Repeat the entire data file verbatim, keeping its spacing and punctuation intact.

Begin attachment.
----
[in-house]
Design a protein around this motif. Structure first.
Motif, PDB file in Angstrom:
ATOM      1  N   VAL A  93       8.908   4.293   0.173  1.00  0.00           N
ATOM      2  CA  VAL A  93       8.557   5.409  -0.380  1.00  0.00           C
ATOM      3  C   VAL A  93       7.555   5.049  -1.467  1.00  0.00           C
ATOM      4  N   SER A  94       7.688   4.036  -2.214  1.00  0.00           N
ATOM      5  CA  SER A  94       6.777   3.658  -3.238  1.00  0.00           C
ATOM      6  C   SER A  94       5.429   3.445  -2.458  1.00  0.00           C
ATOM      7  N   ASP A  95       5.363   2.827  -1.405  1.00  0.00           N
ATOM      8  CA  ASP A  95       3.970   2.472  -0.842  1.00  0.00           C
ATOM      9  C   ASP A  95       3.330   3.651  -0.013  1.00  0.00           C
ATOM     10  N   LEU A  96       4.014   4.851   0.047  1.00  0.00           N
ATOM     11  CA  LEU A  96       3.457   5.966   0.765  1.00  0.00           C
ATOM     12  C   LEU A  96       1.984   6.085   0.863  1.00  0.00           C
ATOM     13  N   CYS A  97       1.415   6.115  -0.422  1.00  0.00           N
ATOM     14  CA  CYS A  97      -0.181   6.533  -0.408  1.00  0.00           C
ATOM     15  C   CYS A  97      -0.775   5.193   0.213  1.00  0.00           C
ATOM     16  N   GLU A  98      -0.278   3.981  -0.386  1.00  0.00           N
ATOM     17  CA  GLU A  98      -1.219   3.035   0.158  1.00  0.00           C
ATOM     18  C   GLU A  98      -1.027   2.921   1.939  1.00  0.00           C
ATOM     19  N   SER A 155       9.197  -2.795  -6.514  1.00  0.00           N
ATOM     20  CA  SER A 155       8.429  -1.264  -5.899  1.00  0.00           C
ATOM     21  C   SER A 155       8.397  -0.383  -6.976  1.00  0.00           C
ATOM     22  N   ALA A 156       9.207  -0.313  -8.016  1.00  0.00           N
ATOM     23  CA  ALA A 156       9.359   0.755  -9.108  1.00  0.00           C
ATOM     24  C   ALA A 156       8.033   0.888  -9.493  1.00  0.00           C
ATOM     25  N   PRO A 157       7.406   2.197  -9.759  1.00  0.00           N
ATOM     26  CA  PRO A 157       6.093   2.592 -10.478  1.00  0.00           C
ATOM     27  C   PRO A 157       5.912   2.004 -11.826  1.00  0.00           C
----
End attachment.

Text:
[in-house]
Design a protein around this motif. Structure first.
Motif, PDB file in Angstrom:
ATOM      1  N   VAL A  93       8.908   4.293   0.173  1.00  0.00           N
ATOM      2  CA  VAL A  93       8.557   5.409  -0.380  1.00  0.00           C
ATOM      3  C   VAL A  93       7.555   5.049  -1.467  1.00  0.00           C
ATOM      4  N   SER A  94       7.688   4.036  -2.214  1.00  0.00           N
ATOM      5  CA  SER A  94       6.777   3.658  -3.238  1.00  0.00           C
ATOM      6  C   SER A  94       5.429   3.445  -2.458  1.00  0.00           C
ATOM      7  N   ASP A  95       5.363   2.827  -1.405  1.00  0.00           N
ATOM      8  CA  ASP A  95       3.970   2.472  -0.842  1.00  0.00           C
ATOM      9  C   ASP A  95       3.330   3.651  -0.013  1.00  0.00           C
ATOM     10  N   LEU A  96       4.014   4.851   0.047  1.00  0.00           N
ATOM     11  CA  LEU A  96       3.457   5.966   0.765  1.00  0.00           C
ATOM     12  C   LEU A  96       1.984   6.085   0.863  1.00  0.00           C
ATOM     13  N   CYS A  97       1.415   6.115  -0.422  1.00  0.00           N
ATOM     14  CA  CYS A  97      -0.181   6.533  -0.408  1.00  0.00           C
ATOM     15  C   CYS A  97      -0.775   5.193   0.213  1.00  0.00           C
ATOM     16  N   GLU A  98      -0.278   3.981  -0.386  1.00  0.00           N
ATOM     17  CA  GLU A  98      -1.219   3.035   0.158  1.00  0.00           C
ATOM     18  C   GLU A  98      -1.027   2.921   1.939  1.00  0.00           C
ATOM     19  N   SER A 155       9.197  -2.795  -6.514  1.00  0.00           N
ATOM     20  CA  SER A 155       8.429  -1.264  -5.899  1.00  0.00           C
ATOM     21  C   SER A 155       8.397  -0.383  -6.976  1.00  0.00           C
ATOM     22  N   ALA A 156       9.207  -0.313  -8.016  1.00  0.00           N
ATOM     23  CA  ALA A 156       9.359   0.755  -9.108  1.00  0.00           C
ATOM     24  C   ALA A 156       8.033   0.888  -9.493  1.00  0.00           C
ATOM     25  N   PRO A 157       7.406   2.197  -9.759  1.00  0.00           N
ATOM     26  CA  PRO A 157       6.093   2.592 -10.478  1.00  0.00           C
ATOM     27  C   PRO A 157       5.912   2.004 -11.826  1.00  0.00           C